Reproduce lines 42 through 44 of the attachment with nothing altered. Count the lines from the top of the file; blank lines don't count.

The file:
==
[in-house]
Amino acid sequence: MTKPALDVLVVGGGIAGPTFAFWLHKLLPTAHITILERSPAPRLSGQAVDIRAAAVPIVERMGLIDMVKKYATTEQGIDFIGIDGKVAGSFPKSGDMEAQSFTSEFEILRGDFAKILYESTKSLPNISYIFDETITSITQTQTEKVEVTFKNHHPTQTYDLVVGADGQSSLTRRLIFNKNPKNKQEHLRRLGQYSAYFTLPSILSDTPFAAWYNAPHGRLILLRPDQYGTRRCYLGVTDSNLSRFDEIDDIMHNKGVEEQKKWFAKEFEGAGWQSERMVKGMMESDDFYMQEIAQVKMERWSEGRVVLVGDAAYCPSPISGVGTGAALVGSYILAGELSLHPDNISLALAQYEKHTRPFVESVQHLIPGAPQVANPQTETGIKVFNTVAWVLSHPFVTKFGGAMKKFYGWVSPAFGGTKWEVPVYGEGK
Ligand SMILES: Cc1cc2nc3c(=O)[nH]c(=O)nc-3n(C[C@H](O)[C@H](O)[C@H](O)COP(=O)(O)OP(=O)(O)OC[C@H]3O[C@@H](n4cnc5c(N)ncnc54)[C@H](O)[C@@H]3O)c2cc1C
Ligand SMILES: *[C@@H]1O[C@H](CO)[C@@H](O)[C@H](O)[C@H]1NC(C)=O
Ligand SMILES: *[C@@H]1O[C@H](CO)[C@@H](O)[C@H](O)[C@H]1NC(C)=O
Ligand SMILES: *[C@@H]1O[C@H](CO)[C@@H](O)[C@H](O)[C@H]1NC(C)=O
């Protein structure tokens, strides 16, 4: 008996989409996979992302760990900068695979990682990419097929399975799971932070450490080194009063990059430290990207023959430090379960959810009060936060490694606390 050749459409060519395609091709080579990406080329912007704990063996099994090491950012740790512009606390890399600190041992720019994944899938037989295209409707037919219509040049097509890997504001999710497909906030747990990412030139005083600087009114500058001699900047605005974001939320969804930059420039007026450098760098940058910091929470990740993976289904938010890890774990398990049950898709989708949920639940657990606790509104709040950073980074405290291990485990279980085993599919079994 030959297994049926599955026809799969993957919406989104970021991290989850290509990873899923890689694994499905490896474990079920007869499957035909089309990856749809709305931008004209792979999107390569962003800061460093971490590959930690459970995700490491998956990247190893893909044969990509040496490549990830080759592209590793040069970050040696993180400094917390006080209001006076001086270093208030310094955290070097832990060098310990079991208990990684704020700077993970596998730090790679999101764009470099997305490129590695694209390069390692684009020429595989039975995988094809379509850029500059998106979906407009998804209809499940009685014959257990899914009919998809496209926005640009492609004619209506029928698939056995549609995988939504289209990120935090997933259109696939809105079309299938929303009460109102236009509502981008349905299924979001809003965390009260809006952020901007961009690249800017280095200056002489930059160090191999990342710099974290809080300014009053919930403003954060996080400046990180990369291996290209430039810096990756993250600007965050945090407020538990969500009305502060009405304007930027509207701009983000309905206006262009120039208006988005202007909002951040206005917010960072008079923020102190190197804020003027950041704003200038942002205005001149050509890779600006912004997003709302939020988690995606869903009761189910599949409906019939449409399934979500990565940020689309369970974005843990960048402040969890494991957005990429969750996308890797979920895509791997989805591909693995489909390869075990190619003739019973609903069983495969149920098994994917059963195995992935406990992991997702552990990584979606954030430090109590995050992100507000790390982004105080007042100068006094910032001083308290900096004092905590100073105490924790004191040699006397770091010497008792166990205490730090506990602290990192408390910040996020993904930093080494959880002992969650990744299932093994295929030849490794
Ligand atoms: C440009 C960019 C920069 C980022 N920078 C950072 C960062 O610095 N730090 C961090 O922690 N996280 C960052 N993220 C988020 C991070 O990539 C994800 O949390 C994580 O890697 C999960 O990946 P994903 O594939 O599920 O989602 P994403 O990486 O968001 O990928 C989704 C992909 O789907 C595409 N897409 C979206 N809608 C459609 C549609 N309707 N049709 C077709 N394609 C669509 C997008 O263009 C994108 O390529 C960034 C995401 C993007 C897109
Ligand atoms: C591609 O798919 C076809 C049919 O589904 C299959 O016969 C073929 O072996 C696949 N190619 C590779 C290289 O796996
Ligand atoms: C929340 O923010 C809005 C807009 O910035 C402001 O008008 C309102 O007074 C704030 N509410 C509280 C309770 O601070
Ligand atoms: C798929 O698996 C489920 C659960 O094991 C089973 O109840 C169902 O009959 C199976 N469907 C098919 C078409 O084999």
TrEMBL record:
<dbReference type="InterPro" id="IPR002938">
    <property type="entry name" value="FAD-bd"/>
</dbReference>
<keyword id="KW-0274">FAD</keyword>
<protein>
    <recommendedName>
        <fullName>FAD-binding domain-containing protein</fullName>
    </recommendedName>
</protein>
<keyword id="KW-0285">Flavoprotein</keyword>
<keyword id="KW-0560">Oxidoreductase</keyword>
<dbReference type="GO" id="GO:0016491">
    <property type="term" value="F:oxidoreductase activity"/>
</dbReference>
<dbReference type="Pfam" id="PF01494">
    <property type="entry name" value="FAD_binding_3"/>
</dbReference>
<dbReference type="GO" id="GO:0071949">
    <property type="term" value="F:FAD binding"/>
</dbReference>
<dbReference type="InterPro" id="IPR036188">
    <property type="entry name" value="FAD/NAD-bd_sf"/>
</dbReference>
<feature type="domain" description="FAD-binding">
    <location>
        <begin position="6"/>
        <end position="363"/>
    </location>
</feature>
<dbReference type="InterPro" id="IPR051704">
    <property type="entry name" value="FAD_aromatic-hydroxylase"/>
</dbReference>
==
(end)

<dbReference type="InterPro" id="IPR051704">
    <property type="entry name" value="FAD_aromatic-hydroxylase"/>
</dbReference>